PFIC Type 2▴Top 


PFIC 2, an autosomal recessive disease is caused by mutation in ABCB11 gene on chromosome 2q24, which encodes the canalicular bile salt export protein (BSEP), a liver specific adenosine triphosphate (ATP)-binding cassette transporter [9, 10]. BSEP is a major exporter of primary bile acids against extreme concentration gradients. There are many mutations that have been identified, but the most common mutations are the missense mutations E297G and D482G. Defective BSEP can lead to impaired bile salt secretion, accumulation of bile salts in hepatocytes and subsequent hepatocellular injury, apoptosis or necrosis. Missense mutations cause less severe disease, whereas the risk of hepatobiliary malignancy is increased with trunacating mutations.

Clinical features

Patients usually present with cholestatic jaundice in neonatal period. Pruritus is usually the dominant feature. Clinical features and disease progression may be more severe in PFIC 2 than in PFIC 1. Other features may include growth failure, deficiency of fat soluble vitamins. These patients are at considerable risk of hepatobiliary malignancy, hepatocellular carcinoma or cholangiocarcinoma , thus close surveillance is important in these patients [11].


Diagnostic features include elevated bile salts, normal serum GGT, electron microscopy showing amorphous or filamentous bile. Light microscopy shows nonspecific giant cell hepatitis. Immunohistochemical staining for canalicular BSEP is negative in majority of patients.


Patients with PFIC 2 have poor response to ursodeoxycholic acid. Partial external biliary diversion (PBED) (it interrupts the enterohepatic circulation by partially diverting bile from the gallbladder through a loop of jejunum connecting the gallbladder to abdominal skin) may be useful and if performed early enough may delay or interrupt hepatic injury. Histological changes may show some improvement.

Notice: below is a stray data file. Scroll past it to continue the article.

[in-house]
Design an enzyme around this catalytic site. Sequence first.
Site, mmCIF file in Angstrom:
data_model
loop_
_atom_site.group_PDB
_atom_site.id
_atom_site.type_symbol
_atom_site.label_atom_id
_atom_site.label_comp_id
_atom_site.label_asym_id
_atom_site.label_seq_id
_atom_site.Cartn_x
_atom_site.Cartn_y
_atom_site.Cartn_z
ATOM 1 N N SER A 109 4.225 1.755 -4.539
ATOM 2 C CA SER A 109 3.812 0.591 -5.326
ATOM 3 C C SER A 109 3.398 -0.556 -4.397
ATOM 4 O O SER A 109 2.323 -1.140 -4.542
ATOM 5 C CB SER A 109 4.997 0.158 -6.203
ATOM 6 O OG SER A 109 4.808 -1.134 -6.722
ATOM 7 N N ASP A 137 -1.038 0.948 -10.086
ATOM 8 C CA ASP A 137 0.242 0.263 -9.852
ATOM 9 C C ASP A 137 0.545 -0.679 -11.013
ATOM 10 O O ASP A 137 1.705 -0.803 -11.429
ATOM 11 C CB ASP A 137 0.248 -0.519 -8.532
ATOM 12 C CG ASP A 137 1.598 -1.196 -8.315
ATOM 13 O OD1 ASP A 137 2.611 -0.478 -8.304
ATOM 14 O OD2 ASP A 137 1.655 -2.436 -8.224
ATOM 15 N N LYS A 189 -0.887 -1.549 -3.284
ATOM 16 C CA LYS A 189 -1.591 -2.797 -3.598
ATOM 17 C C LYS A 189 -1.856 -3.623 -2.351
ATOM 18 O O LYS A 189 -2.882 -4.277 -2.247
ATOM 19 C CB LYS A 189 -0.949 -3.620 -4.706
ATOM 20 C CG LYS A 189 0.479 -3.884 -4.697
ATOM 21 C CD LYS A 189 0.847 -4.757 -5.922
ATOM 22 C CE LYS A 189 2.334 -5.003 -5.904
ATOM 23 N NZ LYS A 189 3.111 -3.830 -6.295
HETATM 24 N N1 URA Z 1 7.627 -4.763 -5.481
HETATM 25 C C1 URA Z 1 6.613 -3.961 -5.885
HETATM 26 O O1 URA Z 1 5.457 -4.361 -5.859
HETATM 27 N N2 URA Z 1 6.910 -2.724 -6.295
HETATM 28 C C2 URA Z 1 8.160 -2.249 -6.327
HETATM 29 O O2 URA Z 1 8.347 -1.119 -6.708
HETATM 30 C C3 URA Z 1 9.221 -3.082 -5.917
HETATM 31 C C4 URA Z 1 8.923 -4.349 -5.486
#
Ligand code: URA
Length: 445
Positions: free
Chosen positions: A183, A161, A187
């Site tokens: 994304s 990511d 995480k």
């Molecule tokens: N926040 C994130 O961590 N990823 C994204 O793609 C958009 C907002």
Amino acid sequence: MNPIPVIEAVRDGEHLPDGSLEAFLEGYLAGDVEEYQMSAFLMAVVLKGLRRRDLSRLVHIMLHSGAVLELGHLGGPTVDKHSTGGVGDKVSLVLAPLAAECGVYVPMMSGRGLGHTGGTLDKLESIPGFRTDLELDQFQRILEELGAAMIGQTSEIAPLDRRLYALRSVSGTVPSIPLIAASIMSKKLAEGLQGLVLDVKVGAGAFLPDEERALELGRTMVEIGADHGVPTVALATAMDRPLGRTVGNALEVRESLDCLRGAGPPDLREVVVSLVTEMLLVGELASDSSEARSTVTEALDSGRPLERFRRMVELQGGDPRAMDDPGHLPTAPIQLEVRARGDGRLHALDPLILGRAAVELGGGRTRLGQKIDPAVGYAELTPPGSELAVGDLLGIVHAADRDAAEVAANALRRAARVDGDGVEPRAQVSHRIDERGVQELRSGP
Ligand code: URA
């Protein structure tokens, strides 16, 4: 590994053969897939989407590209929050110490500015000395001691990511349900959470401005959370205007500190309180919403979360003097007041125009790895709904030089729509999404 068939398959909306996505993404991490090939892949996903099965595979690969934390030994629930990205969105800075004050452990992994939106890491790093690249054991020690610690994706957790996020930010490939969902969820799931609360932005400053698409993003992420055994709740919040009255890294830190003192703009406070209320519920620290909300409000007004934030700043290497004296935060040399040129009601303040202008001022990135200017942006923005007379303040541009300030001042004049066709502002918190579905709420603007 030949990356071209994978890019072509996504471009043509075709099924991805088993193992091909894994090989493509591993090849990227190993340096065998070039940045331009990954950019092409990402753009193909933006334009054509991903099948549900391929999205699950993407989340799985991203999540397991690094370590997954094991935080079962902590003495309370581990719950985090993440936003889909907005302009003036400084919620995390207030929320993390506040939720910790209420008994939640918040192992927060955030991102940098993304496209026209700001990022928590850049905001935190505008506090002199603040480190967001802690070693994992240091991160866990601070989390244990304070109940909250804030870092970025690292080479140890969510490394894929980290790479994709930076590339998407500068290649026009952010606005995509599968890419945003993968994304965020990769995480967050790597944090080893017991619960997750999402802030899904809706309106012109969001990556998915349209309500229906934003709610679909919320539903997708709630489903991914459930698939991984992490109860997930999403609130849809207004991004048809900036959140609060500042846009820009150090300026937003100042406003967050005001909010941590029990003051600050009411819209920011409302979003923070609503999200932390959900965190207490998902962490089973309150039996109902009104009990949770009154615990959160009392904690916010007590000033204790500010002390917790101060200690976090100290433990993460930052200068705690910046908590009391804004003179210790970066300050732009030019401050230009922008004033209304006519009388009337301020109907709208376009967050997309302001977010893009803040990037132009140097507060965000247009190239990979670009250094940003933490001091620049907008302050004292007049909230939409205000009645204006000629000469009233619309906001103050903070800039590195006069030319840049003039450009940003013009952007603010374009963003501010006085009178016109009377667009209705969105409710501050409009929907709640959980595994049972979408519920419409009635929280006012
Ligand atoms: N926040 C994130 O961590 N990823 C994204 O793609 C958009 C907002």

Liver transplantation is usually successful in this group of patients although recurrence after transplantation has been reported [12]. This can be resolved with aggressive immunosuppressive therapy.

PFIC Type 3▴Top 


PFIC 3, an autosomal recessive disease is caused by mutations in ABCB4, which encodes the multidrug resistance-3 gene (MDR3), an ATP-binding cassette transporter. It is located on chromosome 7q21. It acts as a phospholipid translocator involved in biliary phospholipid (phosphatiylcholine) excretion. It is mainly expressed in the hepatocyte canalicular membrane. ABCB4 defects cause impaired excretion of phophatidycholine, which is an important component in formation of mixed micelles, which protect the membrane of cells facing biliary tree from the detergent activity of bile salts. Functional deficiency of ABCB4 causes the detergent action of bile salts to solubilize the cell membrane of the biliary epithelium inducing inflammation and cell death.

Several different types of mutation have been identified and those with missense mutation have less severe phenotype, with later onset of disease, slower progression and better response to treatment than those with trunacating mutations.

Heterozygous mutations in ABCB4 gene can cause conditions such as intrahepatic cholestasis of pregnancy, cholesterol gall stone formation, drug induced cholestasis and adult biliary cirrhosis [13].

Clinical features

Patients with ABCB4 deficiency usually have jaundice, pale stools, hepatosplenomegaly or pruritus. Age at onset varies from infancy to adulthood. Adolescent and young adult patients are more likely to have cirrhotic symptoms owing to portal hypertension. No association with malignancy has been described in PFIC 3 patients [14].


The diagnostic features include elevated serum bile salts, elevated serum GGT, electron microscopy showing presence of cholesterol crystals and loss of microvilli, light microscopy showing ductular proliferation and inflammatory infiltrate in early stages, portal and peri-portal fibrosis, cirrhosis and cholestasis which are seen in the later stages.


UDCA is useful in almost half of the patients. It is more likely to work in those who have an MDR3 missense mutation as they have some residual protein activity. Those who do not respond to UDCA treatment are likely to have a truncated protein. In these patients, liver transplantation is the primary treatment.

Table 2 lists the differential diagnosis of the three types of PFIC that an astute clinical should be mindful of.

Table 2.
Click to view
Table 2. Differential Diagnosis of PFIC

The review aims to summarize the genetics, clinical features, diagnostic and therapeutic strategies for the three types of PFIC. Further research is needed to elucidate the disease mechanism in these disorders. There is also an urgent need to develop mutation specific pharmacological therapies.